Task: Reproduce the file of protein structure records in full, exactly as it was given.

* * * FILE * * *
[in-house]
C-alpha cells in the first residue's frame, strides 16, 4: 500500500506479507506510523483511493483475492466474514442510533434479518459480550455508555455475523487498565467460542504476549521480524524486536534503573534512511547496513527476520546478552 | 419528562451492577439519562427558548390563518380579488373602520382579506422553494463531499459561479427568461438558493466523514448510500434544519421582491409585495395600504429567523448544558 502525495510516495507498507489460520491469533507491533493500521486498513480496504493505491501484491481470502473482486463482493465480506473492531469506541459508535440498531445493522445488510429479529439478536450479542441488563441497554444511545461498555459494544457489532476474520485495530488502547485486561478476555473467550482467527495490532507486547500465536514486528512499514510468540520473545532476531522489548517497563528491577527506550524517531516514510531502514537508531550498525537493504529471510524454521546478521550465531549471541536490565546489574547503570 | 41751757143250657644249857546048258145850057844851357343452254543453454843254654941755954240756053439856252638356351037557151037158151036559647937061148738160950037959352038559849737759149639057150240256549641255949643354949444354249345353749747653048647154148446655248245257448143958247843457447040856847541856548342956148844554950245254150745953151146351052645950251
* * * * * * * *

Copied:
[in-house]
C-alpha cells in the first residue's frame, strides 16, 4: 500500500506479507506510523483511493483475492466474514442510533434479518459480550455508555455475523487498565467460542504476549521480524524486536534503573534512511547496513527476520546478552 | 419528562451492577439519562427558548390563518380579488373602520382579506422553494463531499459561479427568461438558493466523514448510500434544519421582491409585495395600504429567523448544558 502525495510516495507498507489460520491469533507491533493500521486498513480496504493505491501484491481470502473482486463482493465480506473492531469506541459508535440498531445493522445488510429479529439478536450479542441488563441497554444511545461498555459494544457489532476474520485495530488502547485486561478476555473467550482467527495490532507486547500465536514486528512499514510468540520473545532476531522489548517497563528491577527506550524517531516514510531502514537508531550498525537493504529471510524454521546478521550465531549471541536490565546489574547503570 | 41751757143250657644249857546048258145850057844851357343452254543453454843254654941755954240756053439856252638356351037557151037158151036559647937061148738160950037959352038559849737759149639057150240256549641255949643354949444354249345353749747653048647154148446655248245257448143958247843457447040856847541856548342956148844554950245254150745953151146351052645950251